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As for you, brothers, do not grow weary in doing good. 14 If anyone does not obey what we say in this letter, take note of that person, and have nothing to do with him, that he may be ashamed.15 Do not regard him as an enemy, but warn him as a brother.
16 Now may the Lord of peace himself give you peace at all times in every way. The Lord be with you all.
17 I, Paul, write this greeting with my own hand. This is the sign of genuineness in every letter of mine; it is the way I write. 18 The grace of our Lord Jesus Christ be with you all.
– 2 Thessalonians 3:13-17 [ESV]
On one level it would not be difficult to identify a letter written by Saul of Tarsus, more commonly known as Paul the missionary. He is a gifted writer, having penned some of the most beautiful and inspiring passages of the New Testament. Think of 1 Corinthians 13; Romans 1; 3; 5; 6; 7; 8; and 12. Consider Philippians 2; Ephesians 1 and 2. Don’t forget Galatians 2 and 5, or 1 Timothy 2. You might want to point out more. These chapters contain phrases and thoughts that hope faithfulness, bring joy, provide hope, inspire faith and extoll love. There are also passages that challenge complacency, correct false-understanding, and demand repentance.
All of the Old and New Testaments are inspired by God. But you must admit that – even within Paul’s letters his request to Timothy, “Bring the cloak I left with Carpus at Troas” (2 Timothy 4:13), is a bit less edifying on the surface than, “Now these three abide, faith, hope and love. But the greatest of these is love” (1 Corinthians 13:13). The key being, “on the surface.” For even his request of Timothy reveals a reality about how God works. Whether Paul loaned his cloak to Carpus, or simply forgot it, the fact that he needed it when he wrote to Timothy helps us understand that God works through real people, and Paul was such a real person. Not just the chief of sinners as he identifies himself, but a perhaps forgetful and needy man as well.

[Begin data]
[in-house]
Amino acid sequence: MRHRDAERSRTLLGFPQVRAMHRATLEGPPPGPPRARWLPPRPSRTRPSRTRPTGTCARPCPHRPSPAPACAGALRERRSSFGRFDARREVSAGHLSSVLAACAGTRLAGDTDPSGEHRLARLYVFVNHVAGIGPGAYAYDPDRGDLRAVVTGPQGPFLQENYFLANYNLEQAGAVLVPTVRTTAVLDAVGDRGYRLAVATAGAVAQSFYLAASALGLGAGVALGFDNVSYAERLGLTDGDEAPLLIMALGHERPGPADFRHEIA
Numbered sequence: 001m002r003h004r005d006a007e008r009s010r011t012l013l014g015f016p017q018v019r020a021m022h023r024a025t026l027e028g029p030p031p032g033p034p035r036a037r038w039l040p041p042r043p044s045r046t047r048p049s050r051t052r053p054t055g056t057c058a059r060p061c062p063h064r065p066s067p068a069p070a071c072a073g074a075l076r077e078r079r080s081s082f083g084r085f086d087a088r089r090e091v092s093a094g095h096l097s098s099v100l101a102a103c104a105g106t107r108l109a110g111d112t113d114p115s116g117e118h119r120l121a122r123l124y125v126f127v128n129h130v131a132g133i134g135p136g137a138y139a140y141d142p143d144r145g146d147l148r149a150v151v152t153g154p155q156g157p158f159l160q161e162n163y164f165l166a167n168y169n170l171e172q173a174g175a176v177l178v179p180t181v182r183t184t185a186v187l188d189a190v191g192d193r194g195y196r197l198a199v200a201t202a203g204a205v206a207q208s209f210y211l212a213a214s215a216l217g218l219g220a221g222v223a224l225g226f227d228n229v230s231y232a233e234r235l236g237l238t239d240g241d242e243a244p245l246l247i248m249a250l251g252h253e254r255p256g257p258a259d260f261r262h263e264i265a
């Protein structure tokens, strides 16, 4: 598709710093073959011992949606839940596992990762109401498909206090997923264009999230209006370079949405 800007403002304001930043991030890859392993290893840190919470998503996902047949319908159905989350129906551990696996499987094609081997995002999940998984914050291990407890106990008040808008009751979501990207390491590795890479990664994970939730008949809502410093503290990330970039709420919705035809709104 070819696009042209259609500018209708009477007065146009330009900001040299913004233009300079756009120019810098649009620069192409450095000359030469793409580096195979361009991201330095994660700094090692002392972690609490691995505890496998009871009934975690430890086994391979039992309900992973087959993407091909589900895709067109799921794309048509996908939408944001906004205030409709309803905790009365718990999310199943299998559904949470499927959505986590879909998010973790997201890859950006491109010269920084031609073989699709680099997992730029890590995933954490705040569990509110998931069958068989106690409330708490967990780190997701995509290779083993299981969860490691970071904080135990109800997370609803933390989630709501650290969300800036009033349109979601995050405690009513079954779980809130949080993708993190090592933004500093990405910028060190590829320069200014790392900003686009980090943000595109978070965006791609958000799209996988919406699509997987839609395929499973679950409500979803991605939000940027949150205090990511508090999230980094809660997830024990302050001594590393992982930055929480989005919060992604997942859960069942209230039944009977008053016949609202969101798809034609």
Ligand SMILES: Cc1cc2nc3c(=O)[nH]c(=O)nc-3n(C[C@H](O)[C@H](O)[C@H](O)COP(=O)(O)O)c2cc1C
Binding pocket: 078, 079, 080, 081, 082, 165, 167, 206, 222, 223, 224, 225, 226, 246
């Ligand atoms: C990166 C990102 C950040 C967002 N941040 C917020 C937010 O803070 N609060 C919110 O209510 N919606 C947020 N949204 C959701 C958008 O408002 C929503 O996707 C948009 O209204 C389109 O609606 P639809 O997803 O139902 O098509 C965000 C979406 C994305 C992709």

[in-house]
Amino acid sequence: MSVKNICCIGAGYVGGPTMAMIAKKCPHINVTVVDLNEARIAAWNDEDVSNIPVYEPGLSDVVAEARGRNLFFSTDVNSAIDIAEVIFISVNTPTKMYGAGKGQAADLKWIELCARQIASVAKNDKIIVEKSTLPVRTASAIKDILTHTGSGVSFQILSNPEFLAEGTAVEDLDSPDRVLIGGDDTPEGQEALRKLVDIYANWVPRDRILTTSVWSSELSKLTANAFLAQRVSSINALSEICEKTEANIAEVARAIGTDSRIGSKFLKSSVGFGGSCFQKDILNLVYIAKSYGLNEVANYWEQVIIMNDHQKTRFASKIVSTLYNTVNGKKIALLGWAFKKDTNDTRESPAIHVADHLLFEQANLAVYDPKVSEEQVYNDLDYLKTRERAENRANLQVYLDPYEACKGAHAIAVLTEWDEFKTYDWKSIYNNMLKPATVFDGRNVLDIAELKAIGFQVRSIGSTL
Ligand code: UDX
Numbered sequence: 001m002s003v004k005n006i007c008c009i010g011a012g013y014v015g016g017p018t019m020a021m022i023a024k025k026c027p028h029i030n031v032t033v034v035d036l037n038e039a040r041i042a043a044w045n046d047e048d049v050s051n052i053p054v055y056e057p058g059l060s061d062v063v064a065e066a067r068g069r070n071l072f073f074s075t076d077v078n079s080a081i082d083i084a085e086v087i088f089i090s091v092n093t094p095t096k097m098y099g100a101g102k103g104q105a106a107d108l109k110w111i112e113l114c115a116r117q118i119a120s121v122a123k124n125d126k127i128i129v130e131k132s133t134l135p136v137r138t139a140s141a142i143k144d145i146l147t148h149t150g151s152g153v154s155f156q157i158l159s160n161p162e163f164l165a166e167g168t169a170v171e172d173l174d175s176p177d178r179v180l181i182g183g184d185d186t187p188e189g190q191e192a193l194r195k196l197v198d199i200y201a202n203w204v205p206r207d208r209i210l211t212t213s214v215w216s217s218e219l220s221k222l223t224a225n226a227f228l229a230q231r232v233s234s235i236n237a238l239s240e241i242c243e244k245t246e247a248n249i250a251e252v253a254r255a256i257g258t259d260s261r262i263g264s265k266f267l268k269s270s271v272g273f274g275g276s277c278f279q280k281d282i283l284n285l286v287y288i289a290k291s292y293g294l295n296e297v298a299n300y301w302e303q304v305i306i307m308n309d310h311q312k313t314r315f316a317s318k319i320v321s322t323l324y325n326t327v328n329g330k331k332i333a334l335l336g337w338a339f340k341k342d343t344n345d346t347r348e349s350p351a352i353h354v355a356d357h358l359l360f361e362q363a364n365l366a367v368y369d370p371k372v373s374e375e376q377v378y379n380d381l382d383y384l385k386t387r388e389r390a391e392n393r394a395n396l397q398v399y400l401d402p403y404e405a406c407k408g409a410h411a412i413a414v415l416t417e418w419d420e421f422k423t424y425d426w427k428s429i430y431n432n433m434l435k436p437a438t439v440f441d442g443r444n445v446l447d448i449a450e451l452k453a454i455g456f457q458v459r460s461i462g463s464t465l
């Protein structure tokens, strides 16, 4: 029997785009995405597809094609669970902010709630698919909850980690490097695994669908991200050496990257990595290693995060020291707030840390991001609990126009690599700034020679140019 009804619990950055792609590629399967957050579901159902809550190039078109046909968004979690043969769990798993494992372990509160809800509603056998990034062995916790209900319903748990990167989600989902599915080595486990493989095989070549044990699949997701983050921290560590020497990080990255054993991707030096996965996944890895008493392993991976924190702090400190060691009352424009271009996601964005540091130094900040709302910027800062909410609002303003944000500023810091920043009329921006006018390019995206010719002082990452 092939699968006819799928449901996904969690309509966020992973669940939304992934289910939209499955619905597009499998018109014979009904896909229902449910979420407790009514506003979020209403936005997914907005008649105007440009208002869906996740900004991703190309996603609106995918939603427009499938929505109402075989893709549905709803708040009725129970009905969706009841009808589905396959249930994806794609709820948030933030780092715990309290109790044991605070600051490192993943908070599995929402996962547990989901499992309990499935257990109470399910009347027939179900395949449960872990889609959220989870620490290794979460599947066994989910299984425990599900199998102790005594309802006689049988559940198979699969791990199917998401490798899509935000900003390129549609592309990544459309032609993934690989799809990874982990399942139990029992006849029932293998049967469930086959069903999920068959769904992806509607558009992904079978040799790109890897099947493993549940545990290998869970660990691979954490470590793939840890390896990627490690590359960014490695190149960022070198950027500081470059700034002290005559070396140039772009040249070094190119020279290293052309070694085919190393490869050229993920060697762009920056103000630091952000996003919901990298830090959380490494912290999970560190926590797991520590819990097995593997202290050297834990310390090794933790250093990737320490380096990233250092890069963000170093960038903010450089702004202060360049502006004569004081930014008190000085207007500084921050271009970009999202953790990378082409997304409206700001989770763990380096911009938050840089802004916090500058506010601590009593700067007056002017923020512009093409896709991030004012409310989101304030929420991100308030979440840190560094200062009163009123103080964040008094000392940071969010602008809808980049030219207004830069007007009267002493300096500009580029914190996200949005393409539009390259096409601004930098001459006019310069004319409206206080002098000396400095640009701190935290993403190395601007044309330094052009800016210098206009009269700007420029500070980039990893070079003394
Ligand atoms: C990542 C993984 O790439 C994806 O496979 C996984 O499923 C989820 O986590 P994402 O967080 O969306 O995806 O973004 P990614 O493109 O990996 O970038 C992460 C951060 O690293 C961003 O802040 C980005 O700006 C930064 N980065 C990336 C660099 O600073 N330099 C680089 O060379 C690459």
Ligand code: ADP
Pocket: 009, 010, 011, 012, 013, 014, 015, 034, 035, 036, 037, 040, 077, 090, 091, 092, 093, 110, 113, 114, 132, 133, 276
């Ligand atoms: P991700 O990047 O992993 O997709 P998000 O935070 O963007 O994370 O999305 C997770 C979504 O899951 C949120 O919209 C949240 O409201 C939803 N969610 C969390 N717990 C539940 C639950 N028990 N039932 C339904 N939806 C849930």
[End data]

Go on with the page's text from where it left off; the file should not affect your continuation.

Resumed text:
But Paul’s unique ability to write and think is a great tool in the hands of God. And in this case Paul needs to let people know it’s really him because they were apparently troubled by questions of Jesus’ Second Coming. He not only wanted to correct their deficient understanding, he wanted to give them peace in the confidence that he was the actual author, and as such completely trustworthy and reliable. If ever there is a hint of self-promotion in Amy of his letters, it is not only to establish his credibility and give the kind of God-ordained guidance he does.
Maybe you have a unique writing style. You might recognize the writing of people like Max Lucado, C.S. Lewis, or William Shakespeare. Whatever your style, I hope somehow we all write in such a way that people are built up, edified, encouraged, and pointed toward the love of God in Jesus Christ, and the grace and peace he offers.